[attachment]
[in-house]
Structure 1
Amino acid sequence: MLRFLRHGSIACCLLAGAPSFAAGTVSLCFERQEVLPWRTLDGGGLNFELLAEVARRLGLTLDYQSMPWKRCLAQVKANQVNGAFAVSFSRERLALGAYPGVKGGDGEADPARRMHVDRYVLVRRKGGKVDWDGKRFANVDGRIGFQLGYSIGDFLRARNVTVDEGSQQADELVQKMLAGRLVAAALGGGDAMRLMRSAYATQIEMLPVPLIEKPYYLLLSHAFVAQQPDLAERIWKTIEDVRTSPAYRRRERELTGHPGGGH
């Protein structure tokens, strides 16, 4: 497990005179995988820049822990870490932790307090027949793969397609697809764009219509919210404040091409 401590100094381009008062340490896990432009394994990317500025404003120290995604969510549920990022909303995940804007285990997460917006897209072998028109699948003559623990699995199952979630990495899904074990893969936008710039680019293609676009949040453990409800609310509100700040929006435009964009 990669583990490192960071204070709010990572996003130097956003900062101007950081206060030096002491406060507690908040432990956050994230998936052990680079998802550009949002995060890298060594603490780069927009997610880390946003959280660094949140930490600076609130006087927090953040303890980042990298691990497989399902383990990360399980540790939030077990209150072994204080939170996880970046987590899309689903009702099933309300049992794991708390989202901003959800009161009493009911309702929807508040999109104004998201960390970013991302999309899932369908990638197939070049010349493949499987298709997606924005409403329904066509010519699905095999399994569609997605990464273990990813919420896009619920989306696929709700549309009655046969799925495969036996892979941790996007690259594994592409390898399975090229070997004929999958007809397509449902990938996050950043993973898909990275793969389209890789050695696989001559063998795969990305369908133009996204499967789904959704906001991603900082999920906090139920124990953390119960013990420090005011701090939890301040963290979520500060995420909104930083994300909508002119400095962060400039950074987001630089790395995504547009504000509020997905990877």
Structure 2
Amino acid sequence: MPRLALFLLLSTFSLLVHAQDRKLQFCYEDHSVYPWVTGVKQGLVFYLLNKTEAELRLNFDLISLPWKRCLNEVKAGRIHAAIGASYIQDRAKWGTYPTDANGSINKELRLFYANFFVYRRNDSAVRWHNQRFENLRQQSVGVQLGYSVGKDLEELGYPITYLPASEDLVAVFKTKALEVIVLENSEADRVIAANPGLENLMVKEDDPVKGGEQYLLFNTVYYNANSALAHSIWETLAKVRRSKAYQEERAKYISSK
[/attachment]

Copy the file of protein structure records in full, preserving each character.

[in-house]
Structure 1
Amino acid sequence: MLRFLRHGSIACCLLAGAPSFAAGTVSLCFERQEVLPWRTLDGGGLNFELLAEVARRLGLTLDYQSMPWKRCLAQVKANQVNGAFAVSFSRERLALGAYPGVKGGDGEADPARRMHVDRYVLVRRKGGKVDWDGKRFANVDGRIGFQLGYSIGDFLRARNVTVDEGSQQADELVQKMLAGRLVAAALGGGDAMRLMRSAYATQIEMLPVPLIEKPYYLLLSHAFVAQQPDLAERIWKTIEDVRTSPAYRRRERELTGHPGGGH
């Protein structure tokens, strides 16, 4: 497990005179995988820049822990870490932790307090027949793969397609697809764009219509919210404040091409 401590100094381009008062340490896990432009394994990317500025404003120290995604969510549920990022909303995940804007285990997460917006897209072998028109699948003559623990699995199952979630990495899904074990893969936008710039680019293609676009949040453990409800609310509100700040929006435009964009 990669583990490192960071204070709010990572996003130097956003900062101007950081206060030096002491406060507690908040432990956050994230998936052990680079998802550009949002995060890298060594603490780069927009997610880390946003959280660094949140930490600076609130006087927090953040303890980042990298691990497989399902383990990360399980540790939030077990209150072994204080939170996880970046987590899309689903009702099933309300049992794991708390989202901003959800009161009493009911309702929807508040999109104004998201960390970013991302999309899932369908990638197939070049010349493949499987298709997606924005409403329904066509010519699905095999399994569609997605990464273990990813919420896009619920989306696929709700549309009655046969799925495969036996892979941790996007690259594994592409390898399975090229070997004929999958007809397509449902990938996050950043993973898909990275793969389209890789050695696989001559063998795969990305369908133009996204499967789904959704906001991603900082999920906090139920124990953390119960013990420090005011701090939890301040963290979520500060995420909104930083994300909508002119400095962060400039950074987001630089790395995504547009504000509020997905990877």
Structure 2
Amino acid sequence: MPRLALFLLLSTFSLLVHAQDRKLQFCYEDHSVYPWVTGVKQGLVFYLLNKTEAELRLNFDLISLPWKRCLNEVKAGRIHAAIGASYIQDRAKWGTYPTDANGSINKELRLFYANFFVYRRNDSAVRWHNQRFENLRQQSVGVQLGYSVGKDLEELGYPITYLPASEDLVAVFKTKALEVIVLENSEADRVIAANPGLENLMVKEDDPVKGGEQYLLFNTVYYNANSALAHSIWETLAKVRRSKAYQEERAKYISSK